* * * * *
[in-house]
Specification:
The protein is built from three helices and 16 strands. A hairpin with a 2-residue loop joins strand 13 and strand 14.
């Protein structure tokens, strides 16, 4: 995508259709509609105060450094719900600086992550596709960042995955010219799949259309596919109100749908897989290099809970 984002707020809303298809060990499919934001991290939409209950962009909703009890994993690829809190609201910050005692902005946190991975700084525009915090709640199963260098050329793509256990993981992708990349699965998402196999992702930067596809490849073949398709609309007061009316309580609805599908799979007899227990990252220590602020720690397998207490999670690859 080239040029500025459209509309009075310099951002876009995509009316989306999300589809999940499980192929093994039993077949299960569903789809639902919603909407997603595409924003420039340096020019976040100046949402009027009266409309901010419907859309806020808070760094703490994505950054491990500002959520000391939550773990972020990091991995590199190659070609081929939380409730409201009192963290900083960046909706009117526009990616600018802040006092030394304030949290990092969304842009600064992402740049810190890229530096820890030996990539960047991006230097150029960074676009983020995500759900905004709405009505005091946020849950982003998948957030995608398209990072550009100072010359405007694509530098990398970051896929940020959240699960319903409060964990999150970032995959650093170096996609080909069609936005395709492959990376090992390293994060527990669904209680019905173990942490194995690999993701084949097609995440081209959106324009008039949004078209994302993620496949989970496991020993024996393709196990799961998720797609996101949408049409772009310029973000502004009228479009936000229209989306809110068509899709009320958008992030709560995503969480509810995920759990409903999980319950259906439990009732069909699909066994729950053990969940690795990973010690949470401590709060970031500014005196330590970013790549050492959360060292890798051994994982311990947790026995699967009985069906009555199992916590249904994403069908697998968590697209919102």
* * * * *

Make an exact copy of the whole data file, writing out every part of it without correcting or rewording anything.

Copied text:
[in-house]
Specification:
The protein is built from three helices and 16 strands. A hairpin with a 2-residue loop joins strand 13 and strand 14.
């Protein structure tokens, strides 16, 4: 995508259709509609105060450094719900600086992550596709960042995955010219799949259309596919109100749908897989290099809970 984002707020809303298809060990499919934001991290939409209950962009909703009890994993690829809190609201910050005692902005946190991975700084525009915090709640199963260098050329793509256990993981992708990349699965998402196999992702930067596809490849073949398709609309007061009316309580609805599908799979007899227990990252220590602020720690397998207490999670690859 080239040029500025459209509309009075310099951002876009995509009316989306999300589809999940499980192929093994039993077949299960569903789809639902919603909407997603595409924003420039340096020019976040100046949402009027009266409309901010419907859309806020808070760094703490994505950054491990500002959520000391939550773990972020990091991995590199190659070609081929939380409730409201009192963290900083960046909706009117526009990616600018802040006092030394304030949290990092969304842009600064992402740049810190890229530096820890030996990539960047991006230097150029960074676009983020995500759900905004709405009505005091946020849950982003998948957030995608398209990072550009100072010359405007694509530098990398970051896929940020959240699960319903409060964990999150970032995959650093170096996609080909069609936005395709492959990376090992390293994060527990669904209680019905173990942490194995690999993701084949097609995440081209959106324009008039949004078209994302993620496949989970496991020993024996393709196990799961998720797609996101949408049409772009310029973000502004009228479009936000229209989306809110068509899709009320958008992030709560995503969480509810995920759990409903999980319950259906439990009732069909699909066994729950053990969940690795990973010690949470401590709060970031500014005196330590970013790549050492959360060292890798051994994982311990947790026995699967009985069906009555199992916590249904994403069908697998968590697209919102």